Story highlights Peti, a lab-made bacterium, damages tissue and interferes with the immune system. But an updated Pfizer vaccine helps prevent the damage and invades the lab-made bacteria.
Peti’s activity is low enough that most people won’t encounter it unless they come into contact with someone else who does. It causes a build-up of a type of infection called keratitis. In the United States, roughly 1.5 million people get this every year and it’s potentially fatal if left untreated. In the European Union, roughly 900,000 people are affected.
Peti’s activity is low enough that most people won’t encounter it unless they come into contact with someone else who does. It causes a build-up of a type of infection called keratitis. In the United States, roughly 1.5 million people get this every year and it’s potentially fatal if left untreated. In the European Union, roughly 900,000 people are affected. If that wasn’t enough for you to be excited about, Peti uses a nanobot technology that’s much smaller than a human hair. According to Brian Shierholz, deputy chief of innovation at the Centers for Disease Control and Prevention, that’s a big deal. “This cell was designed in a lab and it’s size was chosen at such a tiny, tiny level to fill to cancerous cells.”
More recently, Pfizer has tested a vaccine against Peti in humans and found it offers partial protection against the injury and complicates the infection.
For Peti, the vaccine isn’t being tested as a prevention against the disease itself, but rather against the potential damage, as in the case of other infections.
The vaccine, branded PYLSEN, is still in early stages of development, but it appears to give partial protection against Peti. In the five-year study, 2,000 healthy volunteers between the ages of 12 and 50 between 2012 and 2015 were vaccinated with either the regular vaccine, a number of two doses of the vaccine, or Petri, though they were not told what their respective vaccine contained. Petri was given to 100% of the volunteers in the human clinical trial and 90% of the volunteers in the lab-made Petri vaccine study.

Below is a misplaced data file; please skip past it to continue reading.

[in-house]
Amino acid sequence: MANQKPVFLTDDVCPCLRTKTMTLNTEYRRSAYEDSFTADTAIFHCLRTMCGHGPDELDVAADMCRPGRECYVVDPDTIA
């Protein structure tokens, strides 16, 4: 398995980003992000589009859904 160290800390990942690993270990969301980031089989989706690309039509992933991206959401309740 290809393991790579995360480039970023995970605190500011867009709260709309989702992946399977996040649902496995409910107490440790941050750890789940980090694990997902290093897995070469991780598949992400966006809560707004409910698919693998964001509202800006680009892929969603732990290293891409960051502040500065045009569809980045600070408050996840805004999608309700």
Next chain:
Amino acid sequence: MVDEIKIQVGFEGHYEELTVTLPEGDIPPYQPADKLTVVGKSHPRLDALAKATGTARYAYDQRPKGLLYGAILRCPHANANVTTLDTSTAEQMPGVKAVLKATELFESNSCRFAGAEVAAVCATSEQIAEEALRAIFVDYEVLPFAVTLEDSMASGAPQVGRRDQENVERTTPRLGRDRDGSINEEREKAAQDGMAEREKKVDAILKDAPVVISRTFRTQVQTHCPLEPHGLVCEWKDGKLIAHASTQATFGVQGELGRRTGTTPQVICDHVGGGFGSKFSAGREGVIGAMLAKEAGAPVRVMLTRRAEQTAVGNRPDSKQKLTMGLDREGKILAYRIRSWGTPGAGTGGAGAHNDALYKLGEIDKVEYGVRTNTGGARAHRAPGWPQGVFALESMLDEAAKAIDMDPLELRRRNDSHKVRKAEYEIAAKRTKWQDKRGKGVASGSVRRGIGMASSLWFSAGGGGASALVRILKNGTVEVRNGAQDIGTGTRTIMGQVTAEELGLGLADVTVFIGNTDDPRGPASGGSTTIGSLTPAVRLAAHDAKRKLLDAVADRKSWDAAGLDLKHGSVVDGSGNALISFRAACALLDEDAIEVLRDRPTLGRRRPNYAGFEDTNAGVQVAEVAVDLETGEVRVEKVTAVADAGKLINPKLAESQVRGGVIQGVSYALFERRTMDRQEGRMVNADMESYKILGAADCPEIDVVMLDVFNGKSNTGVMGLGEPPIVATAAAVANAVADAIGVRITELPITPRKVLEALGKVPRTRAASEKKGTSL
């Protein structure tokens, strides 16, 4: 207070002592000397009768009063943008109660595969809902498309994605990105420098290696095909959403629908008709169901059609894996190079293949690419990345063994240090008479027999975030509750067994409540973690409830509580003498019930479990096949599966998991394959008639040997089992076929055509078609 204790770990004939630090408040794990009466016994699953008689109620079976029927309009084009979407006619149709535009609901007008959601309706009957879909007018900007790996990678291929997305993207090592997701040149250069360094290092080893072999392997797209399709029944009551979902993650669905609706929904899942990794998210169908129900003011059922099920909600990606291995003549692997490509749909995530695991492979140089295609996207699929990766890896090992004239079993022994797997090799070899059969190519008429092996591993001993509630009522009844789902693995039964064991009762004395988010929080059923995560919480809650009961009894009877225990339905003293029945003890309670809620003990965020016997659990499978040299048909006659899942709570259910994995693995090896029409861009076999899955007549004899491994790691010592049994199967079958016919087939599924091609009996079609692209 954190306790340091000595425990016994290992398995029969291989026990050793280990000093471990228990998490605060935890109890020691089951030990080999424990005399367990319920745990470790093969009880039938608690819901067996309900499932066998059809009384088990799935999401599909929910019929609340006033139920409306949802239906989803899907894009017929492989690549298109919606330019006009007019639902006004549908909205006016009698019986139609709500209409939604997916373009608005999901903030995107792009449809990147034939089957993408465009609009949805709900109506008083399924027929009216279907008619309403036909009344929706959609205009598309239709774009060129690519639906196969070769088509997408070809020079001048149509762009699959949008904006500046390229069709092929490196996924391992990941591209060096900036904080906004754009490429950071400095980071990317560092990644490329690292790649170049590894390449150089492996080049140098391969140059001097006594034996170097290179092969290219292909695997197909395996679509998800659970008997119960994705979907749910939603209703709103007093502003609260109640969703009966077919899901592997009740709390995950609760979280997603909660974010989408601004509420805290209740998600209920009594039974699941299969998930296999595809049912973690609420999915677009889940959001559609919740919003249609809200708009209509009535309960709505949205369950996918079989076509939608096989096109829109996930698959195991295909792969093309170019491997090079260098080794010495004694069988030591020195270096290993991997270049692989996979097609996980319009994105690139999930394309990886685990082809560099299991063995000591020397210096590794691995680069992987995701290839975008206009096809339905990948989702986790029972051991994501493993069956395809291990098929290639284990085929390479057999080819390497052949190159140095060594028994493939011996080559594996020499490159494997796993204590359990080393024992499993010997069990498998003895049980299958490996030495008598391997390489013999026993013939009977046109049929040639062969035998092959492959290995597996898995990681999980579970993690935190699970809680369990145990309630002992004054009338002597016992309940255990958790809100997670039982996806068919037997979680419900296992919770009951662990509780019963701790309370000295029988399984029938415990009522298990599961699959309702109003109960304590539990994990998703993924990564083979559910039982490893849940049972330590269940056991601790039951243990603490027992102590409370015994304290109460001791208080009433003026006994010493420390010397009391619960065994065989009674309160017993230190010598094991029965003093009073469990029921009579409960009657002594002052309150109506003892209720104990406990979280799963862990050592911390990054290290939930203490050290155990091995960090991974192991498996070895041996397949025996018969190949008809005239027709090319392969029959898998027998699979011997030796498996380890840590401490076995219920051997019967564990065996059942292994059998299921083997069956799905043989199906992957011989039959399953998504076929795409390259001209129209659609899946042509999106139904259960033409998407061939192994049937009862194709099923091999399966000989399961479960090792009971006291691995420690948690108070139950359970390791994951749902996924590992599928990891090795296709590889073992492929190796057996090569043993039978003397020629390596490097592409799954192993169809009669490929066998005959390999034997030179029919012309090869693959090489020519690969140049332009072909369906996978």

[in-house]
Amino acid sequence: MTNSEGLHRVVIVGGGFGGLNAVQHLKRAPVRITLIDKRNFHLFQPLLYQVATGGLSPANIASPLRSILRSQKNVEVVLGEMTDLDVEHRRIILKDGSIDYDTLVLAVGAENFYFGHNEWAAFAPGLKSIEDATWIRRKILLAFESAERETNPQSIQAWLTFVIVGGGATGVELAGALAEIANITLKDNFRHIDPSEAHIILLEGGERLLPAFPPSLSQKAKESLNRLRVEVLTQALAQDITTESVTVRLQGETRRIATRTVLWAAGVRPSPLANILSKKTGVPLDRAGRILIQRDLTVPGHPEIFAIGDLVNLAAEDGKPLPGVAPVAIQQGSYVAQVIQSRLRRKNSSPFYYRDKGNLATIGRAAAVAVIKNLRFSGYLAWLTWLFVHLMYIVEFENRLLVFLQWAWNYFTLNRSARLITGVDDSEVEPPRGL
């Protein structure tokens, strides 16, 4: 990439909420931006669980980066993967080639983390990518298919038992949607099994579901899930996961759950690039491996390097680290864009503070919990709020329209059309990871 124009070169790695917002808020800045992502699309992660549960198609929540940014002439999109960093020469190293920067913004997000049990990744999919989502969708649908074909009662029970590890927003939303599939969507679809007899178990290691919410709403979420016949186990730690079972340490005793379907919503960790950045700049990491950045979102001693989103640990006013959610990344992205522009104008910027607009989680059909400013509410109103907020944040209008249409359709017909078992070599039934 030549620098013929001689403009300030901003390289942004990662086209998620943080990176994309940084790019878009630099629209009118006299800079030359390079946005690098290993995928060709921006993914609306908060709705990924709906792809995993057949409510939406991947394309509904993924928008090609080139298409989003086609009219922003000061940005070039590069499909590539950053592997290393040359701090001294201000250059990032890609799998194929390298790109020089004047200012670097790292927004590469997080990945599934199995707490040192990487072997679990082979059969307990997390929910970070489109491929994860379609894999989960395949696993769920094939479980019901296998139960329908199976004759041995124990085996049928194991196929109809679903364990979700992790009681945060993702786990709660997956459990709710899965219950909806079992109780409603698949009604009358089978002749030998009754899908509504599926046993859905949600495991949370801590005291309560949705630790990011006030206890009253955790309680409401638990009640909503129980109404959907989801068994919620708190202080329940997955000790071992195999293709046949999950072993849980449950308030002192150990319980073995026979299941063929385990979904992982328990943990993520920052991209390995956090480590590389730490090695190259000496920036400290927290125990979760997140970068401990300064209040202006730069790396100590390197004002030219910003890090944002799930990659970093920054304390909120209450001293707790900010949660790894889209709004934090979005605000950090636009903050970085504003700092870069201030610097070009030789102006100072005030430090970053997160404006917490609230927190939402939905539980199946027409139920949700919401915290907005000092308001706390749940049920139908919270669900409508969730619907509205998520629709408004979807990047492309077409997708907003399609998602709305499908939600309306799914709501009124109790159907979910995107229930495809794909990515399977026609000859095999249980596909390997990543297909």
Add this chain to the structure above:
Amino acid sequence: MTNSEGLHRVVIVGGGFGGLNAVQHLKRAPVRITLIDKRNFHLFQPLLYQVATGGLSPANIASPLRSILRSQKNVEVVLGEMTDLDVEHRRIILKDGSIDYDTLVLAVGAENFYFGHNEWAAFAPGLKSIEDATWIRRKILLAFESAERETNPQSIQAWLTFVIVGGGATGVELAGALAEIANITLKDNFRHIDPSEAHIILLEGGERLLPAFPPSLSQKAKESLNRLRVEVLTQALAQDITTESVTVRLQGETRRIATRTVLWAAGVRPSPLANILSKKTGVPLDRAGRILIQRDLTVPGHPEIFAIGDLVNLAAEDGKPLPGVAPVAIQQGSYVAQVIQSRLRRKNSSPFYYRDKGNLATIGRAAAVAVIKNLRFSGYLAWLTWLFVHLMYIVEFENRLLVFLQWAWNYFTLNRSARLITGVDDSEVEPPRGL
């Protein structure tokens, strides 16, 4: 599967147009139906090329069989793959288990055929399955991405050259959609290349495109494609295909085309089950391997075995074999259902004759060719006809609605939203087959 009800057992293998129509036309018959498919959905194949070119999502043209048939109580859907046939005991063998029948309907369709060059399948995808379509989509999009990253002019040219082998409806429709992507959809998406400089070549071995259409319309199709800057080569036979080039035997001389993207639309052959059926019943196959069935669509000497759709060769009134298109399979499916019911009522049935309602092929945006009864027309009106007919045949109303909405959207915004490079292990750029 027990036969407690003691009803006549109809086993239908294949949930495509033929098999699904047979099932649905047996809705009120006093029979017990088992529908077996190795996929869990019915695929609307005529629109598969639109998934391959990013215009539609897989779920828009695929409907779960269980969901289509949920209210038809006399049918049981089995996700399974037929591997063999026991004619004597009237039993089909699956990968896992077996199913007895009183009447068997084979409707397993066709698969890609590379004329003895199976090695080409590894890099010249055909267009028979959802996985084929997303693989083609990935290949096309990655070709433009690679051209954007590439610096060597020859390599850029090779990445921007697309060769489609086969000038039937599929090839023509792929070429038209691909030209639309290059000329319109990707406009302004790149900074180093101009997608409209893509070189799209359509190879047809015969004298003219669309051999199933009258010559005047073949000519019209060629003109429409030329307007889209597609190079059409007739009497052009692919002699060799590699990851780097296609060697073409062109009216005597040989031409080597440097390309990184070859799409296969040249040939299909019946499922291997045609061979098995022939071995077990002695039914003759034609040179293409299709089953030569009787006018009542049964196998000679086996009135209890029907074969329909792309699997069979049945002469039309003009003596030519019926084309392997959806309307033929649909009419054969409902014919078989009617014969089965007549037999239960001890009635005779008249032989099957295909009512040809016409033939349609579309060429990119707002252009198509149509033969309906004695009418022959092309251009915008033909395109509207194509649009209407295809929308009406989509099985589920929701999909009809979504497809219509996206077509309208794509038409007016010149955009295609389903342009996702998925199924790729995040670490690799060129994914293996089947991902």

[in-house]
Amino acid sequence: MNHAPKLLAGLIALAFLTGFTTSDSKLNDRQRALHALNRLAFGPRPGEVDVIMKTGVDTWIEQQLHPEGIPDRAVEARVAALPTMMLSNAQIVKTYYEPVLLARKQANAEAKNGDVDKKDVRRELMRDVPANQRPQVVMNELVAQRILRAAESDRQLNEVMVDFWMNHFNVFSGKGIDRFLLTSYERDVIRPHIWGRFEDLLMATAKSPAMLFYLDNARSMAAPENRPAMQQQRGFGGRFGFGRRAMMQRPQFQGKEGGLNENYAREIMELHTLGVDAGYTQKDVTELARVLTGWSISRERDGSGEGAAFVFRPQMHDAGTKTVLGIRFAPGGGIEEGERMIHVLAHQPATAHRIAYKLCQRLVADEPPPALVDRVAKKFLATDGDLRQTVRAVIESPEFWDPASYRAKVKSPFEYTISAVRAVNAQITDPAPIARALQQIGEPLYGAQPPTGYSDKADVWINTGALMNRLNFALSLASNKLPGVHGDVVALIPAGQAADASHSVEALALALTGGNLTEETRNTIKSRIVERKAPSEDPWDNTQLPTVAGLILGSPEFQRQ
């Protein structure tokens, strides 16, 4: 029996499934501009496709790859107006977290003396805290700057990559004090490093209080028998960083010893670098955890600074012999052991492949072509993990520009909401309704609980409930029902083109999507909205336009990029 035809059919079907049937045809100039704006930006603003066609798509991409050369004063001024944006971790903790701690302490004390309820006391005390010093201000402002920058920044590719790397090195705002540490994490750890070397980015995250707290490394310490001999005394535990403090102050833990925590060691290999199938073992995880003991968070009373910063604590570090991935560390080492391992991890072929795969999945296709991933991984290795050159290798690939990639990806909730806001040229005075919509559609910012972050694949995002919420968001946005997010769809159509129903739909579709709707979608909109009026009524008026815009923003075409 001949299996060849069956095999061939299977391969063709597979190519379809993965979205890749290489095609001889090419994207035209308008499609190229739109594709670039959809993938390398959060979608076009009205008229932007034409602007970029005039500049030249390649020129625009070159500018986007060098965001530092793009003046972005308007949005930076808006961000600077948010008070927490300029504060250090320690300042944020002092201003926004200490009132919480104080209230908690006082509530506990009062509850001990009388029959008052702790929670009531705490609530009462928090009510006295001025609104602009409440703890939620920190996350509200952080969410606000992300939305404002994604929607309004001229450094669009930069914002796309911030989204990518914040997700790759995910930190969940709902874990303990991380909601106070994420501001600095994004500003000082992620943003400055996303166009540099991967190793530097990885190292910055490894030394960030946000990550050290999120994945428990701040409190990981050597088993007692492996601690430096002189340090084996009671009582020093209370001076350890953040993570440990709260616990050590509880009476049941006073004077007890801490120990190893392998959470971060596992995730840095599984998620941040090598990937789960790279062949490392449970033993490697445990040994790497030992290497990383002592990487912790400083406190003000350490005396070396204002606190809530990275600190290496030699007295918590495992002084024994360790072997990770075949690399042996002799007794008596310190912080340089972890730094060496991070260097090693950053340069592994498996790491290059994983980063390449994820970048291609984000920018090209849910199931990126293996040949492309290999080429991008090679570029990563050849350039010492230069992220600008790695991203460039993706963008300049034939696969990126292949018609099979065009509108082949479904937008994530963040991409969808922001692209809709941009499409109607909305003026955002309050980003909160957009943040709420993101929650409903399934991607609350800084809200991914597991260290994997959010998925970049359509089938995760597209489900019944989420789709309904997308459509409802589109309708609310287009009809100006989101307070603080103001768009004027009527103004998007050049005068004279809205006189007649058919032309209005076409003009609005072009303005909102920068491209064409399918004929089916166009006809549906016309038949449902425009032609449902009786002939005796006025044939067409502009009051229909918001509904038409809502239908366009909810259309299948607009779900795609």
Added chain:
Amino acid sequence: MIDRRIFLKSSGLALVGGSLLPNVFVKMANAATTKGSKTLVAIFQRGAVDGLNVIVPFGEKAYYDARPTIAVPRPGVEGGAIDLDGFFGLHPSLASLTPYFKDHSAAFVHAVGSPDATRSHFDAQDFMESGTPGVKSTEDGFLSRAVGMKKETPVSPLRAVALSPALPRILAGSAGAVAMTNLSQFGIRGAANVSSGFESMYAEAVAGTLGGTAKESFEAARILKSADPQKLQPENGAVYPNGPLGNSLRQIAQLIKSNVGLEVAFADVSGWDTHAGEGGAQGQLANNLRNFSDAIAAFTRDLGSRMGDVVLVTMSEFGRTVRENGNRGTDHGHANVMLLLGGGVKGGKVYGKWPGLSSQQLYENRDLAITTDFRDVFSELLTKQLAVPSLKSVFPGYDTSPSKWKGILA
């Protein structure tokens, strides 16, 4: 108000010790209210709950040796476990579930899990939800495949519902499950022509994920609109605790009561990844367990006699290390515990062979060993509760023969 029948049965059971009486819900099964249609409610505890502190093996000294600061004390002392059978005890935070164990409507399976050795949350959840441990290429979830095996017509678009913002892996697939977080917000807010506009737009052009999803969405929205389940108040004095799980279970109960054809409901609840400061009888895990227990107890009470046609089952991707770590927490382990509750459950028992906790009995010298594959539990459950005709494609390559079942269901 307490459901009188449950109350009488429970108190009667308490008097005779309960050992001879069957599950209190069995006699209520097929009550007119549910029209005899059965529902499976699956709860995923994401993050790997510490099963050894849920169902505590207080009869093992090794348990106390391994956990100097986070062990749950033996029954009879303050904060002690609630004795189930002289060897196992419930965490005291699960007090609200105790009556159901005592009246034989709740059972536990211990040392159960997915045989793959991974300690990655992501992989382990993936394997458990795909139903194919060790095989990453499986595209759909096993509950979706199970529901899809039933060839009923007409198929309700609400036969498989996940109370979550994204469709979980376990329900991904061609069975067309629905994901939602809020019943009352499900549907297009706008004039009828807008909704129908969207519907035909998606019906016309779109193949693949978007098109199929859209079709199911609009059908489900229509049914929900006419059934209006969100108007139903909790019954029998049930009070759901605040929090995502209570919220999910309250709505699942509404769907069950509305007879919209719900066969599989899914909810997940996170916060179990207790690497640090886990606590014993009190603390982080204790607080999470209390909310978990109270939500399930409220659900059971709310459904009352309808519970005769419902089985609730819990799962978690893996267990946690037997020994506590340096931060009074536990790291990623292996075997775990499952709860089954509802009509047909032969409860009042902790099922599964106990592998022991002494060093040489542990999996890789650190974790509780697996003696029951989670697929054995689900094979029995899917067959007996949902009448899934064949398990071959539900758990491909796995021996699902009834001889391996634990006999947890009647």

PYLSEN, which stands for an antitoxin polymerase inhibitor for the chemo viral enzyme designed for the IgG antibody system, has until now been applied to a few different types of diseases, but primarily to cytomegalovirus (CMV), the most common human herpesvirus. This is a small, harmless virus, but it causes serious disease in babies, particularly a birth defect called congenital rubella syndrome.
Some critics think Petri shouldn’t be considered a vaccine because it doesn’t fight against an actual infection. Shierholz disagrees. “Certainly it’s hard to see how if it were just a macular viral [trojan horse]. that it would be considered a vaccine.” The trial was both animal and human trials. Both tested the effectiveness of the vaccine against Petri and CMV. In both trials, it was effective in blocking the invasion of the infectious white blood cells that are the primary threat to immune cells.
The trial results are still unconfirmed, so it’s not certain if you or someone you know has been vaccinated against Petri. It’s also uncertain if the vaccine will prevent subsequent infections.
In case you’re curious to know more about Petri, according to the University of California at Davis, “Pipoplasm mummies” (pups left in Petri’s corpse shell, which is that entire bacterial mass that goes in there) have remained untouched for centuries. When the decaying creatures have been frozen and decayed, the pathogen-containing proteins can be easily seen through the scales. There were no human study animals.
If you’re worried you might have a chronic allergic condition that could have been alleviated by this vaccine, you should talk to your doctor. There’s no guarantee he’ll recommend it or, if he does, have another treatment available for you.
Editor’s Note: This post is part of a sponsored collaboration between Pfizer and CNN.